Viewpoint: Grizzly kill permits put ranchers above all others on public lands
Montanans have worked for decades to restore our state animal, the grizzly bear. We’ve come a long way in recovering grizzlies in their core habitats, the Northern Continental Divide and Greater Yellowstone ecosystems, and beyond. That’s happened because of hard work by landowners, conservationists, hunters, state and federal wildlife officials, tribal interests and many more.
That’s why it’s so unfortunate that our state legislature passed a bill this year allowing ranchers to kill grizzly bears on our public lands, just for being there. If that sounds alarmist and unreal, it’s not: the Legislature and the Gianforte administration want to draw hard lines and limit grizzlies to isolated populations, with little chance of real, long-term grizzly conservation.
Real grizzly bear recovery would include bears occupying all of their designated recovery zones, including the Bitterroot ecosystem with the excellent grizzly habitat it provides, as well as areas in between recovery zones. And it would include an interconnected population of grizzlies, with genetic exchange so populations aren’t isolated. But actions by Montana would make that impossible.
Senate Bill 295, passed earlier this year, allows Montana Fish, Wildlife and Parks to issue kill permits to ranchers for bears they deem “threatening.” But the bill has no definition of threatening, and the rules proposed even deem a bear in “proximity” to livestock as eligible to be killed, even when there is no conflict whatsoever.
Grizzly bears are currently protected under the Endangered Species Act, but if those protections are removed, as Montana is pushing for, the state will have management authority and this egregious bill will go into effect. This is not the assurance the U.S. Fish and Wildlife Service needs that Montana has adequate regulations to manage grizzlies in the long term.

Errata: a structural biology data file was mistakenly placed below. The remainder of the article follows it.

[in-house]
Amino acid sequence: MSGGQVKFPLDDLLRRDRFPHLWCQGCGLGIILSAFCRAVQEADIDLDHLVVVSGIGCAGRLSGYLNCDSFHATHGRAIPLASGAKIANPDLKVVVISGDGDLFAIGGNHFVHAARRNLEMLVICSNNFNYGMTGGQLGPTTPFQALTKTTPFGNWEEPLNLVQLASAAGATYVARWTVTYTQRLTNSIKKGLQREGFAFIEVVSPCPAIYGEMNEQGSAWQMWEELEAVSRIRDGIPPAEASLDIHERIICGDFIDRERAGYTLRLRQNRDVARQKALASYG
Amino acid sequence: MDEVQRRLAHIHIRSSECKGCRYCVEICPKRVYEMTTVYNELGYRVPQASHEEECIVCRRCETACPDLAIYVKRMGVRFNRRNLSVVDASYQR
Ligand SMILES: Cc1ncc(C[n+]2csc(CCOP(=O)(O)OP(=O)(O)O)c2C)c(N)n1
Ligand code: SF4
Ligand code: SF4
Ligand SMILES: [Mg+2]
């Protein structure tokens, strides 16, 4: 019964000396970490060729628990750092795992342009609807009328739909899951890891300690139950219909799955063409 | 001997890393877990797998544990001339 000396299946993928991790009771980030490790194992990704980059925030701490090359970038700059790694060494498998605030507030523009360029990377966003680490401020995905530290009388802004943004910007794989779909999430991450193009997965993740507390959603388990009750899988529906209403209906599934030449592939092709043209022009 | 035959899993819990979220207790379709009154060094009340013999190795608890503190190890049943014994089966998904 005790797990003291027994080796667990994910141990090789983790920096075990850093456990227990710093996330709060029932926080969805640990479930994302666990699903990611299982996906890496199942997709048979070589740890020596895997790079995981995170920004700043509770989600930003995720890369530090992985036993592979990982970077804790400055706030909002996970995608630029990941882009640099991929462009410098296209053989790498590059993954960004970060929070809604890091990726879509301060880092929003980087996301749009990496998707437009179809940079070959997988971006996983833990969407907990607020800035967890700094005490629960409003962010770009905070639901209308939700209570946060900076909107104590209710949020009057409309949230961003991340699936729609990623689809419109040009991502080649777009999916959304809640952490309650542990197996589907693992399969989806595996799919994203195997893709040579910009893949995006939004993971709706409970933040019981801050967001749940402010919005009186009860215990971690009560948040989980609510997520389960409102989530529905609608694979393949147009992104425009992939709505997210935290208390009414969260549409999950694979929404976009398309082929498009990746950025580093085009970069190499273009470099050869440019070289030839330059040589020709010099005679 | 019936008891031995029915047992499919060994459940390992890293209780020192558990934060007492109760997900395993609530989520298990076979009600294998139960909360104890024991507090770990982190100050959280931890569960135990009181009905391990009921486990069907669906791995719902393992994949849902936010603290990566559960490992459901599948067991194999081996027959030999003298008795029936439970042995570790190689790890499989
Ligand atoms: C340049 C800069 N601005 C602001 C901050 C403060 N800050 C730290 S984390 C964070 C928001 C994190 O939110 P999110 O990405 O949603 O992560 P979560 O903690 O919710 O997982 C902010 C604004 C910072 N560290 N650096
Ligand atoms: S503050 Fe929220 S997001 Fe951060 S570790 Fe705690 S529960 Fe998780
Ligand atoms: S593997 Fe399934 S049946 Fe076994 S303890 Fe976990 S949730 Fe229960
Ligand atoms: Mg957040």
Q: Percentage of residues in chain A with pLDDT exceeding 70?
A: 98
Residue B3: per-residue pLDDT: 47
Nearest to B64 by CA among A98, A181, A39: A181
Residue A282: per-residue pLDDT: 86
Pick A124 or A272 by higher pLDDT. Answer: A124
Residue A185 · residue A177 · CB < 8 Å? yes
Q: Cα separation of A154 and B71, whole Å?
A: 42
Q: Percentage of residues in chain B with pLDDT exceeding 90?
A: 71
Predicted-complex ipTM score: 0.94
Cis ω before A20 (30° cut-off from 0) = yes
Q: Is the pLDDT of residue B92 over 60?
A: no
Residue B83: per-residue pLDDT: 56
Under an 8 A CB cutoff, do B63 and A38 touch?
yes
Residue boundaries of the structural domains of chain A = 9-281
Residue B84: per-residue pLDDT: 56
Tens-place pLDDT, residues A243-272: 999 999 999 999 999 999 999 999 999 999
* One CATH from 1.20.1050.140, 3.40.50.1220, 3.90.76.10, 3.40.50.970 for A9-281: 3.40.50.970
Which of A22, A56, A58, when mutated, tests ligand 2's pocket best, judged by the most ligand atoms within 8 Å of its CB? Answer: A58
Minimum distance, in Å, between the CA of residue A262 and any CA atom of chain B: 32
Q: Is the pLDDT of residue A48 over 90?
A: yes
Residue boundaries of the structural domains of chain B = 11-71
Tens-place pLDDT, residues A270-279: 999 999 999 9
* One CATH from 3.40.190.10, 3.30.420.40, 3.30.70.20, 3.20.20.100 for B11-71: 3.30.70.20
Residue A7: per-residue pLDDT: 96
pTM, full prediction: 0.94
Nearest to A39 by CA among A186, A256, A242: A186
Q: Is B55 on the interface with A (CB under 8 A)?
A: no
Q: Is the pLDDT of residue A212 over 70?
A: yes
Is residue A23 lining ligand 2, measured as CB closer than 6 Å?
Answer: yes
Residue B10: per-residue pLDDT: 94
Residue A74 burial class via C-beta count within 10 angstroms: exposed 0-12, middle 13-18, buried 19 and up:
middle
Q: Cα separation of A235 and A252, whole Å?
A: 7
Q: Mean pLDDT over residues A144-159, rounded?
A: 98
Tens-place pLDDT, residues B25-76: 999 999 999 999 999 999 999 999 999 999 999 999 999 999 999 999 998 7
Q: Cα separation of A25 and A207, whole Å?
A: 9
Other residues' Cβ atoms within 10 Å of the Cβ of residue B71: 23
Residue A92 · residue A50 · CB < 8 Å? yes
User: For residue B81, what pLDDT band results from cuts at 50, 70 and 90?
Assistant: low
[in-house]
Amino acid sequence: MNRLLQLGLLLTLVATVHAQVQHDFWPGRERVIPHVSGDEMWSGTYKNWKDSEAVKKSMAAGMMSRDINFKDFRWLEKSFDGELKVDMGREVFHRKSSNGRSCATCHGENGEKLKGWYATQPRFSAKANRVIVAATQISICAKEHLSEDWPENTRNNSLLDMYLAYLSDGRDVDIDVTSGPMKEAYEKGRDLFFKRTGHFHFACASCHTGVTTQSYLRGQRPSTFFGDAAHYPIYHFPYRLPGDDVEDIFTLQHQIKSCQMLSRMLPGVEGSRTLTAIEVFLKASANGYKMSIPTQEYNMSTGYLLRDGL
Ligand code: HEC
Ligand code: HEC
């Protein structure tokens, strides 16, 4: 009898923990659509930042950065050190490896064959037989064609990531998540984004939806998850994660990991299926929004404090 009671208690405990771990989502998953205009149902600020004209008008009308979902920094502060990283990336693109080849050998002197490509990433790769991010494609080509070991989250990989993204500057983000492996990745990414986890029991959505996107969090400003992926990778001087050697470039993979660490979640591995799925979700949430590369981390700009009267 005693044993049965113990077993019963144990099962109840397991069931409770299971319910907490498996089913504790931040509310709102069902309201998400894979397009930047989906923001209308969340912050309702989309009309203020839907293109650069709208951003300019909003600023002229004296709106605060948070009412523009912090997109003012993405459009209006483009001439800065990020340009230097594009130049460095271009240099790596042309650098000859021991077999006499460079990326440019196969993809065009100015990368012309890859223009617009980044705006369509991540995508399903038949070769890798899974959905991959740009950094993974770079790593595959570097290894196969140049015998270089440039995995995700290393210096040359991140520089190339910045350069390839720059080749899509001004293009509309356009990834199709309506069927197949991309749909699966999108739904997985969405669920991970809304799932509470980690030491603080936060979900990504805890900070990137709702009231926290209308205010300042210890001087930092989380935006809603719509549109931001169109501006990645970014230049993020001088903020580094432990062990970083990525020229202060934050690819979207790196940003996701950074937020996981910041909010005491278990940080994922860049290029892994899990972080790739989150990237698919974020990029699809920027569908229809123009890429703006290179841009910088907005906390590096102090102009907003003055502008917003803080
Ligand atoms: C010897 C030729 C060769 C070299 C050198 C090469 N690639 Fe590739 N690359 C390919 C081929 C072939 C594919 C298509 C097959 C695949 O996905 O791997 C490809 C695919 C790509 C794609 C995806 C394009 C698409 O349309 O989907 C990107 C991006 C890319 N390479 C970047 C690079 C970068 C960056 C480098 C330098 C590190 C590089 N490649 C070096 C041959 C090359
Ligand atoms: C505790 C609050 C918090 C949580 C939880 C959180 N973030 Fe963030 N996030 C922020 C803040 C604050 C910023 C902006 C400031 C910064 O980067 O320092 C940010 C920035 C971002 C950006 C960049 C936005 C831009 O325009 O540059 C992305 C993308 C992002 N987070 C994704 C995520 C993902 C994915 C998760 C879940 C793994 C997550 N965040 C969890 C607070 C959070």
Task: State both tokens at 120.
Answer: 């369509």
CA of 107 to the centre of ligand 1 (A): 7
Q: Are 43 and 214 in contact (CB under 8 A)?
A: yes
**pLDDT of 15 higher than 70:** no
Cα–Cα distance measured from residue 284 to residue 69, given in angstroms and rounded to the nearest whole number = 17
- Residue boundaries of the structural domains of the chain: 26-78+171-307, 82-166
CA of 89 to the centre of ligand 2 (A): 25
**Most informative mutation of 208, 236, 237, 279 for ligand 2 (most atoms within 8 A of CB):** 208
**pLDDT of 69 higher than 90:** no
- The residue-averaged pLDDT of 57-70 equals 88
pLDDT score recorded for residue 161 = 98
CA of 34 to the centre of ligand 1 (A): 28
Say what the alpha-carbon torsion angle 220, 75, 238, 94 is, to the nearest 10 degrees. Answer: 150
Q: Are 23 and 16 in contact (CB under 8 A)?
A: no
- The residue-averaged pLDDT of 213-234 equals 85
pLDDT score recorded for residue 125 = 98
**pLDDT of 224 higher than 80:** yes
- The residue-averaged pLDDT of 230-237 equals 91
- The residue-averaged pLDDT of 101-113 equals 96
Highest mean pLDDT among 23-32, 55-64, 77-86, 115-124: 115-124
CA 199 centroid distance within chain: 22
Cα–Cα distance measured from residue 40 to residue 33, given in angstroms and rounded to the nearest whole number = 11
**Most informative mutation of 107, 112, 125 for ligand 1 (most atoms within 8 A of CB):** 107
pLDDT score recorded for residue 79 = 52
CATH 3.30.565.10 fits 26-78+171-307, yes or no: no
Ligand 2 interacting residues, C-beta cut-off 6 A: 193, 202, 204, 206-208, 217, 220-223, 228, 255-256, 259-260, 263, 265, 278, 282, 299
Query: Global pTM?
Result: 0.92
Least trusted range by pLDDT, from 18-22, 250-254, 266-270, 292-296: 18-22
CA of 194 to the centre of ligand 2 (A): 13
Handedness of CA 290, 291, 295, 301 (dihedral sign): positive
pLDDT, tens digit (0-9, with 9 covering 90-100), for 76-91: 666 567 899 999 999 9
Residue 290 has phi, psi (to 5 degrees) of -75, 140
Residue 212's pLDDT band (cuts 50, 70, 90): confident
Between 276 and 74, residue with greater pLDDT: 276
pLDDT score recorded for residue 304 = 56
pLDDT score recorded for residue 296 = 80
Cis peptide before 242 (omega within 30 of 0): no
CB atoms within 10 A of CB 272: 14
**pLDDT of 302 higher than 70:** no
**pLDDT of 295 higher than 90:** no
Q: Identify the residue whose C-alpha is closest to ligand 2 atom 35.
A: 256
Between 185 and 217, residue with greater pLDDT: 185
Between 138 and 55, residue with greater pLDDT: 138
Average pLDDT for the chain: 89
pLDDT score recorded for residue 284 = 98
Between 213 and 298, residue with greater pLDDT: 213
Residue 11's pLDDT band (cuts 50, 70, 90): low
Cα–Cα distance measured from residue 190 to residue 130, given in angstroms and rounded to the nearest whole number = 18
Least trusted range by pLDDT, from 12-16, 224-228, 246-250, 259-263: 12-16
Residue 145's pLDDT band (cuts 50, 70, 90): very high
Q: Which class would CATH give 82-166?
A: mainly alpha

This bill mirrors a measure passed a decade ago applying to wolves. Montana FWP has used that law sparingly, with an average of fewer than 10 wolves killed every year.
But the key difference is that the bill pertaining to wolves was restricted to private land. SB 295 has no such limit, and it would open up the killing of grizzlies on our public lands, far from human habitation, where native wildlife makes its home.
This bill puts the interests of a small group – ranchers who use public land to graze their livestock, over everything else. It sets a dangerous precedent that we will eliminate native wildlife to accommodate cattle and sheep, for which ranchers are paying a fraction of the market cost to graze. There are many proven, effective ways to prevent conflicts between livestock and grizzly bears, yet SB 295 does not require any of these measures before a grizzly bear can be killed even without any conflict, and even on public lands.
Public lands belong to all of us, and wildlife is supposed to be held by the state in trust for everyone. Instead, the Gianforte administration is set to hand out permits to kill our state animal – one we have spent tens of millions of dollars and decades to recover – to benefit a handful of ranchers who graze livestock on public lands.
The regulations being drafted to implement these kill permits are ambiguous, lack no standards and give tremendous authority for ranchers and Montana FWP to kill bears in habitats critical to grizzly bear survival and recovery. The American people, who value wildlife and wildlands that we all collectively own, will not stand by and allow native wildlife to be killed for its mere presence on our public lands.
The Montana Fish and Wildlife Commission will meet August 17 to decide on regulations to implement SB 295. If you oppose the killing of grizzly bears on public lands, contact them at firstname.lastname@example.org.
Nick Gevock is a field organizer for wildlands and wildlife in the Northern Rockies for the Sierra Club.